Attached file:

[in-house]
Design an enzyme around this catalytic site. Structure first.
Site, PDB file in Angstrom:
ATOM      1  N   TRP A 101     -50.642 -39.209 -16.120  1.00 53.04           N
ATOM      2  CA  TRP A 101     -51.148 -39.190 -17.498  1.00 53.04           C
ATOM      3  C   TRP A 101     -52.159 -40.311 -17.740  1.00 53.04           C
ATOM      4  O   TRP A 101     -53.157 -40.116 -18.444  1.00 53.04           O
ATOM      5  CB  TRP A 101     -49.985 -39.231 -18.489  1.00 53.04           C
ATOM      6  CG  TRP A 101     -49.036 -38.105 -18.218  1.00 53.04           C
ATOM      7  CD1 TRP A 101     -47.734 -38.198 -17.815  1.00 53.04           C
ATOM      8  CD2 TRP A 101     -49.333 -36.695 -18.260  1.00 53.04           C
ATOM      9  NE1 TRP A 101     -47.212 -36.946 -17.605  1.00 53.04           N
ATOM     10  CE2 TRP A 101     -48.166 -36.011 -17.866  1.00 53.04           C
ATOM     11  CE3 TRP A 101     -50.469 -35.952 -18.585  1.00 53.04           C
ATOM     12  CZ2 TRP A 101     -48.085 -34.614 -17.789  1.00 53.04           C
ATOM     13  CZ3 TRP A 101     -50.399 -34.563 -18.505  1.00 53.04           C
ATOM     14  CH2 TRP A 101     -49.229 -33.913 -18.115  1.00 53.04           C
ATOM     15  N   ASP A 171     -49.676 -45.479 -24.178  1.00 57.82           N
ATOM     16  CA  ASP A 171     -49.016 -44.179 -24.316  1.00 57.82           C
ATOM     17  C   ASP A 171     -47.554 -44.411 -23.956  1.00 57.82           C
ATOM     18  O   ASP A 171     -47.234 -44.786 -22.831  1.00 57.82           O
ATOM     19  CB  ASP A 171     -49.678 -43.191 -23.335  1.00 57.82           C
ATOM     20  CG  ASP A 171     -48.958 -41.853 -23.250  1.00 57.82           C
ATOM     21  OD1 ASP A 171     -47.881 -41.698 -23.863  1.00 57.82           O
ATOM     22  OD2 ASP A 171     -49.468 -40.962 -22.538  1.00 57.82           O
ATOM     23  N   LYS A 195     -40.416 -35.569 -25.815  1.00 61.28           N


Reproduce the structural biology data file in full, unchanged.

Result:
[in-house]
Design an enzyme around this catalytic site. Structure first.
Site, PDB file in Angstrom:
ATOM      1  N   TRP A 101     -50.642 -39.209 -16.120  1.00 53.04           N
ATOM      2  CA  TRP A 101     -51.148 -39.190 -17.498  1.00 53.04           C
ATOM      3  C   TRP A 101     -52.159 -40.311 -17.740  1.00 53.04           C
ATOM      4  O   TRP A 101     -53.157 -40.116 -18.444  1.00 53.04           O
ATOM      5  CB  TRP A 101     -49.985 -39.231 -18.489  1.00 53.04           C
ATOM      6  CG  TRP A 101     -49.036 -38.105 -18.218  1.00 53.04           C
ATOM      7  CD1 TRP A 101     -47.734 -38.198 -17.815  1.00 53.04           C
ATOM      8  CD2 TRP A 101     -49.333 -36.695 -18.260  1.00 53.04           C
ATOM      9  NE1 TRP A 101     -47.212 -36.946 -17.605  1.00 53.04           N
ATOM     10  CE2 TRP A 101     -48.166 -36.011 -17.866  1.00 53.04           C
ATOM     11  CE3 TRP A 101     -50.469 -35.952 -18.585  1.00 53.04           C
ATOM     12  CZ2 TRP A 101     -48.085 -34.614 -17.789  1.00 53.04           C
ATOM     13  CZ3 TRP A 101     -50.399 -34.563 -18.505  1.00 53.04           C
ATOM     14  CH2 TRP A 101     -49.229 -33.913 -18.115  1.00 53.04           C
ATOM     15  N   ASP A 171     -49.676 -45.479 -24.178  1.00 57.82           N
ATOM     16  CA  ASP A 171     -49.016 -44.179 -24.316  1.00 57.82           C
ATOM     17  C   ASP A 171     -47.554 -44.411 -23.956  1.00 57.82           C
ATOM     18  O   ASP A 171     -47.234 -44.786 -22.831  1.00 57.82           O
ATOM     19  CB  ASP A 171     -49.678 -43.191 -23.335  1.00 57.82           C
ATOM     20  CG  ASP A 171     -48.958 -41.853 -23.250  1.00 57.82           C
ATOM     21  OD1 ASP A 171     -47.881 -41.698 -23.863  1.00 57.82           O
ATOM     22  OD2 ASP A 171     -49.468 -40.962 -22.538  1.00 57.82           O
ATOM     23  N   LYS A 195     -40.416 -35.569 -25.815  1.00 61.28           N